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What was the Steelers most gut-wrenching loss?

The Steelers have had a number of a late-game heroics in the Super Bowl era, but sometimes they were on the wrong end of close finishes.

NFL: Pittsburgh Steelers at Oakland Raiders Neville E. Guard-USA TODAY Sports

On Sunday, my sister shared with me a video of a high school baseball game for the state championship in New York. With the away team up by one run in the bottom of the last inning and two outs, they appeared to get the game-winning strike out to clinch the title. But the catcher dropped the ball and was ruled he did not tag the runner. While the visiting team was celebrating their victory and the ball lay helplessly on the field, two runners came home to score to change the outcome of the game.

What a way to lose.

Being immersed in the Steelers 365 days a year, I began to think back at some of the closest games I can remember where the outcome changed in the final moments. Although the Steelers have been on the right end of these types of plays over the years, it is not always the case. Yes, there is the Immaculate Reception, the catch in the corner in Super Bowl XLIII, the Christmas Day Extension, and the walk off touchdown over Green Bay which seem they can’t be matched. But occasionally the Steelers have been on the wrong side of things.

This got me thinking… what was the Steelers most gut wrenching loss you ever witnessed?

I’m not talking about dropping games 51–0 or 38–3, I’m talking about games where the Steelers seemed like they were poised to have a victory, send a game to overtime, or have a chance to win otherwise only to have it struck down in a moment. So which one of these types of games were the worst?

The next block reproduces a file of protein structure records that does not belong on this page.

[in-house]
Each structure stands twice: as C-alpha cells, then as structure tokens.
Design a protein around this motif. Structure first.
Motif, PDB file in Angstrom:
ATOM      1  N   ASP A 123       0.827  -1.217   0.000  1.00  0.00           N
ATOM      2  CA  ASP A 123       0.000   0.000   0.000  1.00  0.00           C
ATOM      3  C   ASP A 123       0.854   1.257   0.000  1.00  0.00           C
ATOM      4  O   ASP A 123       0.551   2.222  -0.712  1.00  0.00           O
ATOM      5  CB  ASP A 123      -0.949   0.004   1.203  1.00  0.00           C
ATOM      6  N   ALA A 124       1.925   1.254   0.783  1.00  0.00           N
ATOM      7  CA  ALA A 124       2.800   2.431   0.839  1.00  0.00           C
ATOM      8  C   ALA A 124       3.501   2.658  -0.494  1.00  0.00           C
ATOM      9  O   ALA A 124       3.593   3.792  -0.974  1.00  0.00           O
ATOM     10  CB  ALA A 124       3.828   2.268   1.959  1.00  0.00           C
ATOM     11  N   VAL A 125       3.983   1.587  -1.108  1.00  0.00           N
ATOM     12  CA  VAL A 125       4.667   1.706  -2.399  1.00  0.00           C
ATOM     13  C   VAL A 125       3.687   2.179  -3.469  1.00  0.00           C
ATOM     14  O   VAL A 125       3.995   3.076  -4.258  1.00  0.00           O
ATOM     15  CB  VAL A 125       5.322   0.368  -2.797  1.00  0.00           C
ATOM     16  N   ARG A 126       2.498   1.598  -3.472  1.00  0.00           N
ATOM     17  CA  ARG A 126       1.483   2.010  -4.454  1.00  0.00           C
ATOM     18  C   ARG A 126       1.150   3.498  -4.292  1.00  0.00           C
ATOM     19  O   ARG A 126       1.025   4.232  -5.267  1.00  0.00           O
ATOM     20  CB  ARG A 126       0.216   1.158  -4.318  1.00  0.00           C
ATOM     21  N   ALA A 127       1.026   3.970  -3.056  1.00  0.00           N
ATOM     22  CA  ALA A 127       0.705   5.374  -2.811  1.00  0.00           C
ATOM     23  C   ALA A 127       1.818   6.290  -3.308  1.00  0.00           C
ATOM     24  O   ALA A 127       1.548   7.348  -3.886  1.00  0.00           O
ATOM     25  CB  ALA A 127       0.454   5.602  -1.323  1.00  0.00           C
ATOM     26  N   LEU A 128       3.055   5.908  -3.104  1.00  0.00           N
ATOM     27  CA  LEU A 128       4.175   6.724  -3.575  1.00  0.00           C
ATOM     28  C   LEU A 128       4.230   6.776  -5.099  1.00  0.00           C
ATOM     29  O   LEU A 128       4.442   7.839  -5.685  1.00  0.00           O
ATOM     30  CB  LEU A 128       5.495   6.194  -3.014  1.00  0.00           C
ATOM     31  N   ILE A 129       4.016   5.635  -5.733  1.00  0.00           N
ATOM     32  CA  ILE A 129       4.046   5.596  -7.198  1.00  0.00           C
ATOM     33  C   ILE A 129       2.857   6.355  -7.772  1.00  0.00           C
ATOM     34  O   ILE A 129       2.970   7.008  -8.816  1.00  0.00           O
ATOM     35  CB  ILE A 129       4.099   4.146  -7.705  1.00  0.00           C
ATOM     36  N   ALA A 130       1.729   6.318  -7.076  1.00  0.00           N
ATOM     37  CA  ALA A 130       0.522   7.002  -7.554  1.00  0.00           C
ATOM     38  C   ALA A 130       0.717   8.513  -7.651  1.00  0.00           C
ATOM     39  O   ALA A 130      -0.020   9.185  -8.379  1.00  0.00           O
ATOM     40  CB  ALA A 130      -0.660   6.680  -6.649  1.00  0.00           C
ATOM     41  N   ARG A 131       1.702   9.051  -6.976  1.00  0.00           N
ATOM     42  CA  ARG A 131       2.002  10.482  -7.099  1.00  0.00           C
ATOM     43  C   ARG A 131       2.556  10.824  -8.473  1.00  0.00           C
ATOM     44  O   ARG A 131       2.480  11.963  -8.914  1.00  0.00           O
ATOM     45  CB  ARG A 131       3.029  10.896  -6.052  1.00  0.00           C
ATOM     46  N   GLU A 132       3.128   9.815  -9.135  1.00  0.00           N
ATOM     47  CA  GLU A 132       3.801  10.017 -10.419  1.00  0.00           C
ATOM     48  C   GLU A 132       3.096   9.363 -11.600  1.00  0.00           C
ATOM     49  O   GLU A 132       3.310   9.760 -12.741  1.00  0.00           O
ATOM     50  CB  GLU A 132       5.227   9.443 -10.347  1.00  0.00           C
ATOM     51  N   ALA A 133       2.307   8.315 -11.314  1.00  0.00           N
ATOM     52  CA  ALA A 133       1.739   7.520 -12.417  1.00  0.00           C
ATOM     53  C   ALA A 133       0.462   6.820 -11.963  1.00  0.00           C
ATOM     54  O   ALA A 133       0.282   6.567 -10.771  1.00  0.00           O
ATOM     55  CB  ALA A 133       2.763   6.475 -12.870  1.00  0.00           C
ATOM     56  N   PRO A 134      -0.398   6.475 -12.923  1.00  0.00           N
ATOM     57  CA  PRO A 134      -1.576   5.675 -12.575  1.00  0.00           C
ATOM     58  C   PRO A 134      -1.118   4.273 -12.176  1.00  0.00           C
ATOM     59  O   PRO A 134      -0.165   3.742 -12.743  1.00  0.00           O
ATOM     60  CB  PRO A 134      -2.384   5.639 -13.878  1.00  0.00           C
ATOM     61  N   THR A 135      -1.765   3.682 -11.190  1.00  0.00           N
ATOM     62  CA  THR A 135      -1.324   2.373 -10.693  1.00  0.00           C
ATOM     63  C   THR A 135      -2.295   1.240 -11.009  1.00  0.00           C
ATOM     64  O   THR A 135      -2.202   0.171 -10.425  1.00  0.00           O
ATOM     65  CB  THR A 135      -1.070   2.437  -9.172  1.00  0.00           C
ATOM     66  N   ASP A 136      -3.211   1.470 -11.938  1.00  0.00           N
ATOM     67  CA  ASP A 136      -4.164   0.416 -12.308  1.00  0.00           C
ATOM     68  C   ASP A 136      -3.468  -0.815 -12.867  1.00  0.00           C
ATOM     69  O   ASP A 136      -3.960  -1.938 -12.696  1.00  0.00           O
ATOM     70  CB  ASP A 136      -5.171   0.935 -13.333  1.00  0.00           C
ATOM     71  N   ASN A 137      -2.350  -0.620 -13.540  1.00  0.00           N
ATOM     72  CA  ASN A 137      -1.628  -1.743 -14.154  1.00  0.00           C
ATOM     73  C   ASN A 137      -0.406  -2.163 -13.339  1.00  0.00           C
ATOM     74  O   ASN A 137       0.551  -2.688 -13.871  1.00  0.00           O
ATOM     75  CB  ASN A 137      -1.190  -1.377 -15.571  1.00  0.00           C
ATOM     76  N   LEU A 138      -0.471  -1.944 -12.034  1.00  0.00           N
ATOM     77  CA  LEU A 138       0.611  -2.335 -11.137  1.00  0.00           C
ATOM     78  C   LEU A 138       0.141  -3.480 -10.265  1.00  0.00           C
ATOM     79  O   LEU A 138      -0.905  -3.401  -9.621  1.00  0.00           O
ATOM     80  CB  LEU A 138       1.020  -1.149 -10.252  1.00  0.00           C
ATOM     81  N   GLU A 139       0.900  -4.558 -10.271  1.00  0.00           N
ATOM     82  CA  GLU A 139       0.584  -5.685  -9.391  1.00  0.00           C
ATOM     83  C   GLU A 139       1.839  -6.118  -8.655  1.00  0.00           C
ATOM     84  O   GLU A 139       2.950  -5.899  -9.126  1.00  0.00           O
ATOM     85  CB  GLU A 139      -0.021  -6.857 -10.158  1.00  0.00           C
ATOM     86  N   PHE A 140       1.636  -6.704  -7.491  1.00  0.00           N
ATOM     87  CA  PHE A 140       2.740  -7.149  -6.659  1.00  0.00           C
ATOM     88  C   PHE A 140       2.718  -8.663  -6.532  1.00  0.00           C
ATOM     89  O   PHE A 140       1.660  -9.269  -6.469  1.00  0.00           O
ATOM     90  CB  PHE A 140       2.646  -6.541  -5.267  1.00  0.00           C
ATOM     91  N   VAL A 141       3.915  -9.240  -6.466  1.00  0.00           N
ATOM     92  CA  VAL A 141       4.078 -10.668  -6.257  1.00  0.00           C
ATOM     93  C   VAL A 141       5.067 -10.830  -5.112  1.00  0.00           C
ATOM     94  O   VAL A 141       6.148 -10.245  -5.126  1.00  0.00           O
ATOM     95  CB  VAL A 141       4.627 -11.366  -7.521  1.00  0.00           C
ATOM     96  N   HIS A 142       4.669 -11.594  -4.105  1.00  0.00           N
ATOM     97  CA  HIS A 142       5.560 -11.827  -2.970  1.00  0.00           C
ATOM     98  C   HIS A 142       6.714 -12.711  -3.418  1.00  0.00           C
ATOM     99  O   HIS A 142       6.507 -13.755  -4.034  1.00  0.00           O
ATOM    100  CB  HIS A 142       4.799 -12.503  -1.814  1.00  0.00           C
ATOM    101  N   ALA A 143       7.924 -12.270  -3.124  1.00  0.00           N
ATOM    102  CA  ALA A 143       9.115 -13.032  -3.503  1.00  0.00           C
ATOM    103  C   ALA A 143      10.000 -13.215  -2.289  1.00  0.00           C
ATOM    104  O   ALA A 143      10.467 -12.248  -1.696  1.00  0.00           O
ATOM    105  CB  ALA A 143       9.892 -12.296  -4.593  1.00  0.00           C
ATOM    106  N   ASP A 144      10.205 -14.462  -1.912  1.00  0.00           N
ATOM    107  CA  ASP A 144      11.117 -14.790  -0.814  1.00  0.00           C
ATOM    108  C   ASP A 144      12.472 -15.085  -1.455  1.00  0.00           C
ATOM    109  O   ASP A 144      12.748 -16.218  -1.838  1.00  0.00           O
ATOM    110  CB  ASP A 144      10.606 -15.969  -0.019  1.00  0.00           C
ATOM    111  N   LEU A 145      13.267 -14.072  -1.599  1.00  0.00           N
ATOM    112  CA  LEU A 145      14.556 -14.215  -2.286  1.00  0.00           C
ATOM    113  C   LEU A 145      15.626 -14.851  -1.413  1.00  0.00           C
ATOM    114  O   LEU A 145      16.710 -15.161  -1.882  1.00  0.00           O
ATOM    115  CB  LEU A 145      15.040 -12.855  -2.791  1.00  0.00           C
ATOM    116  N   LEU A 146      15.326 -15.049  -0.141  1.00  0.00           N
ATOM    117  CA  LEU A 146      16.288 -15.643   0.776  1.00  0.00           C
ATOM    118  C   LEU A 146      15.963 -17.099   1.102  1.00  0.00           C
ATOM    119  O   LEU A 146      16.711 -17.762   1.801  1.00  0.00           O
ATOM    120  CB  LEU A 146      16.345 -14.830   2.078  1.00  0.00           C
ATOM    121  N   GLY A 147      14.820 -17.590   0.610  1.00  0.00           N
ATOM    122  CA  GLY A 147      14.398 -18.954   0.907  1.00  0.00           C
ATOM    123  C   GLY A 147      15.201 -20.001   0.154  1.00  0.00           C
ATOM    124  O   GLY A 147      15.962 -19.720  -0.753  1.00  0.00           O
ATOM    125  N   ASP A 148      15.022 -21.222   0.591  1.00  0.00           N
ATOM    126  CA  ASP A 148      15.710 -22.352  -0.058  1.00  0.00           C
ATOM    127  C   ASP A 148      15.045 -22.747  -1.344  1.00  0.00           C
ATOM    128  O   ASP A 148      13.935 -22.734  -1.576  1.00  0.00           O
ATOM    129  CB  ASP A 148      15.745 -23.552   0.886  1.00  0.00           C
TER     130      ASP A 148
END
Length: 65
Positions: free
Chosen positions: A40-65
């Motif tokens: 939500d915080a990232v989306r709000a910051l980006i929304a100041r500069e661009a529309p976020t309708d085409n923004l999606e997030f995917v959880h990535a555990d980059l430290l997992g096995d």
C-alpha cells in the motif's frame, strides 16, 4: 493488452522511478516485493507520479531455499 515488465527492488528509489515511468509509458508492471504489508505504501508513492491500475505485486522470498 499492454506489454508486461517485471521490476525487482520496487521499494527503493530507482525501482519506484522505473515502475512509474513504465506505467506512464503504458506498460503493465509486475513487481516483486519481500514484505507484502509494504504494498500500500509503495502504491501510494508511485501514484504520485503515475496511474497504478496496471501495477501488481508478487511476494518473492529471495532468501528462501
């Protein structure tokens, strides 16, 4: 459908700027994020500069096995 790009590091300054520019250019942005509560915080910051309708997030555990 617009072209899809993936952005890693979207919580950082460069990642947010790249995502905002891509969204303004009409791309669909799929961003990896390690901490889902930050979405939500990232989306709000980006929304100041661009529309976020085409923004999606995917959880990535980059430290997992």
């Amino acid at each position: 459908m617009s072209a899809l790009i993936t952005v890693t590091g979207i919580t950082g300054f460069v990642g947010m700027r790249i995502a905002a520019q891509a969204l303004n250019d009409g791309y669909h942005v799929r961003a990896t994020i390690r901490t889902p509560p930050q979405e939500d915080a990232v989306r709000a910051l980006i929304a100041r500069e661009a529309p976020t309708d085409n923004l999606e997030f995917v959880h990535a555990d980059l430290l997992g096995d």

The answer for each of you may be very different. I’m going to discuss three games that stood out the most specifically for me. Although you can chose any games you want, my three are limited to games decided in the final seconds where the Steelers were favored by at least a touchdown.

The Slip Heard ‘Round the World

The year was 2018, and the Steelers were 7–4–1 entering Week 14 looking to hold on to a playoff berth. Traveling to Oakland, California to face the 2–10 Raiders, the Steelers were 10.5-points favorites on the road. Of course, this made Steelers fans nervous as the inevitable trap game was upon them.

As a reminder, Ben Roethlisberger missed most of the second half due to faulty x-ray equipment and Joshua Dobbs struggled going 4 for 9 passing for 24 yards and an interception. With the Steelers were clinging to a four-point lead after scoring a late touchdown with less than three minutes to go in the game after Roethlisberger returned, the Raiders were driving. With 0:25 remaining, the Raiders were faced with a fourth and goal from the 6-yard line. Even though the offense was scrambling with no timeouts remaining, I remember shouting at the television at Bryan Anthony Davis’ house how the Steelers should not take a timeout to allow the offense to reset. Yet that was exactly what they did.

The next play saw the Steelers surrender a touchdown and fall behind with only 0:21 remaining.